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Best Rays affiliates: Appalachian League

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A look at the best affiliates in Rays history continues with another rookie league.

Josh Hamilton #72

Prospects are about the future, but I thought I’d take a look back at the past. I looked at every domestic Rays affiliate on Baseball Reference and totaled up the major league wins above replacement (prior to the 2020 season) to try and determine the best affiliates in franchise history. I did my best to filter out rehab appearances and zeroed out negative-WAR players since reaching the majors shouldn’t count against them.

1999 Princeton Devil Rays — 72.1 WAR (eight major leaguers)

OF Carl Crawford (39.1)
OF Josh Hamilton (28.2)
RHP Jose Veras (3.8)
RHP Juan Salas (.4)
RHP Doug Waechter (.4)
RHP Brian Stokes (.2)
IF Yurendell de Caster (0)
RHP Seth McClung (0)

In 2009, Josh Hamilton started the All-Star Game, and Carl Crawford won MVP. A decade earlier, they started their pro careers in Princeton, W. Va.

Hamilton was the No. 1 overall pick and the kind of talent a young franchise needed to become a contender, and Crawford was a star athlete signed away from a commitment to play quarterback at Nebraska. For two years, they formed what’s likely the best outfield in Rays minor league history.

With four future major leaguers — although one of them made it as a pitcher — Princeton’s offense was actually just league average with a .733 OPS, 13 points below the average. In 56 games, Hamilton hit 10 homers and stole 17 bases in 20 attempts with a .972 OPS, making him one of the league’s best players. Despite being extremely raw (Baseball America $), Crawford batted .319 and stole 17 bases.

As good as Hamilton was, he was only third on the team in home runs. Isrrael Osorio led the team with 12, and Yurendell de Caster hit 11. De Caster’s major league career was unremarkable — he only batted twice — but he hit the ball that sent the Netherlands to its second stunning upset of the Dominican Republic in the 2009 World Baseball Classic.

A hitter not quite as productive as them was infielder Juan Salas. He had varying degrees of success as a hitter in the organization until 2004, when he became a pitcher.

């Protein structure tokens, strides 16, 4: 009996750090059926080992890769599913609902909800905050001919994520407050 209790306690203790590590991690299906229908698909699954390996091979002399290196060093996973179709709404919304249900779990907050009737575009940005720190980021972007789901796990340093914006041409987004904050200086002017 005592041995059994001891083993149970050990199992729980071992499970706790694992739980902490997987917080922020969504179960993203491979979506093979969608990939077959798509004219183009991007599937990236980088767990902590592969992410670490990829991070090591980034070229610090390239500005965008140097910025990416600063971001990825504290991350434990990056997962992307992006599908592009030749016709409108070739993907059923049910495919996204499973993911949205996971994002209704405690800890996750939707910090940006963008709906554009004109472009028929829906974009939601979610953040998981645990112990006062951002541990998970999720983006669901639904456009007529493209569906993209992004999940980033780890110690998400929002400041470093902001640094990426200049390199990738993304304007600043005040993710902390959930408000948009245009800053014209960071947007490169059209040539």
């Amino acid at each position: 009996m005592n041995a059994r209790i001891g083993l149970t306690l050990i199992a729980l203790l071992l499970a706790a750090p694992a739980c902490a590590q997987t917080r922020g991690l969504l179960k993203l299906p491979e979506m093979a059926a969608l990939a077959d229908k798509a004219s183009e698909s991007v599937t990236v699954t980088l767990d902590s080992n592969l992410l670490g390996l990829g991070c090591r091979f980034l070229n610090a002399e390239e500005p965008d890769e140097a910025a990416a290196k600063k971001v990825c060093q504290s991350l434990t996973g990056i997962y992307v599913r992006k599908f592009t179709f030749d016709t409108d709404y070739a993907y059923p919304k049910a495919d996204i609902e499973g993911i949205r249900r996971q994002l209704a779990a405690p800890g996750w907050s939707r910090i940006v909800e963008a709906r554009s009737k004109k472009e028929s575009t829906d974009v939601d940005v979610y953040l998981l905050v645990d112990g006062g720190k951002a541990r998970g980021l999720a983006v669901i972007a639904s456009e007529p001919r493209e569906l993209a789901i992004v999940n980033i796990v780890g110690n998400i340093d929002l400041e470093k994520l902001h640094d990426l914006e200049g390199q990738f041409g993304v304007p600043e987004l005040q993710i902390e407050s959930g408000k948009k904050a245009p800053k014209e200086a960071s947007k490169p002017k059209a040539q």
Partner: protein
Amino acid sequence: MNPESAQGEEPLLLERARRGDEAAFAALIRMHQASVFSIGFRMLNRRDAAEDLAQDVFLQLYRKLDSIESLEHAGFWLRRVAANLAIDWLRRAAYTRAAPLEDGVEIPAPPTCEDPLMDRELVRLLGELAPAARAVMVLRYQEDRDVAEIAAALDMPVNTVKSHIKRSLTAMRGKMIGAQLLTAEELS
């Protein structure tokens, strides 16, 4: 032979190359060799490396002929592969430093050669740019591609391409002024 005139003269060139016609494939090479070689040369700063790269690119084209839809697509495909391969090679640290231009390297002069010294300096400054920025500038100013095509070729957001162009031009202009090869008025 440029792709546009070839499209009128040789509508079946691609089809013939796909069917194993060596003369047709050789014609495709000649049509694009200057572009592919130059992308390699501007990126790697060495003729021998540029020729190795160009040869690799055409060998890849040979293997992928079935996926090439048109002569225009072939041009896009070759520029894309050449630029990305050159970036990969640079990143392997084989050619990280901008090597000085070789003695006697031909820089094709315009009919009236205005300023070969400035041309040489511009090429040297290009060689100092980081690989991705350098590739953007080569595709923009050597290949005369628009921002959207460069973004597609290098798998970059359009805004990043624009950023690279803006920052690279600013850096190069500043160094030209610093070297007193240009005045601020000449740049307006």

On the mound, he burst onto the scene in 2006 when he pitched 48 innings before allowing an earned run (BA $). He made his major league debut that season and ranked as high as No. 12 in the organization, but a performance-enhancing-drug suspension and visa problem in subsequent seasons kept him from ever getting on track.

After Tampa Bay drafted Hamilton and Crawford in 1999, it thought it was getting building blocks for its future pitching staff too. Doug Waechter was a third-round pick and eventually ranked No. 3 in the system. Seth McClung was a fifth-round pick and ranked as high as fifth. Nondrafted free agent Brian Stokes made his pro debut that season and later became a top-30 prospect himself.

Of course, fans from the Devil Rays era don’t have fond memories of any of those three. Stokes had a little success with the Mets, but they were the kind of pitchers the team had to move away from to become the franchise it did.

The best future major leaguer on that staff never even pitched for Tampa Bay — Jose Veras. He was not particularly good while in the organization and eventually left in minor league free agency. He reached the majors with the Yankees in 2006 and finished his career with a 3.91 ERA in 440 appearances with eight different teams.

Despite having two future star outfielders and a bunch of major league pitchers, the 1999 Princeton Devil Rays finished 25-45, the second-worst record in the league. Their 6.30 ERA and 11.9 BB% were both last in the league.

No other Princeton season comes close to matching this group’s WAR so far. Kevin Kiermaier carried the 2010 team to 26.2, but it’s up to him to add a significant amount to that total at this point. The 2012 squad with Blake Snell and Omar Narvaez will accumulate more, but catching Crawford and Hamilton may be too much to ask.

It may not be too much to ask for the 2018 Princeton Rays. They haven’t accumulated any WAR yet, but it’s only a matter of time. That team has four top-100 prospects — Rays pitchers Shane Baz and Shane McClanahan, Cardinals pitcher Matthew Liberatore, and of course Wander Franco, the top prospect in the game.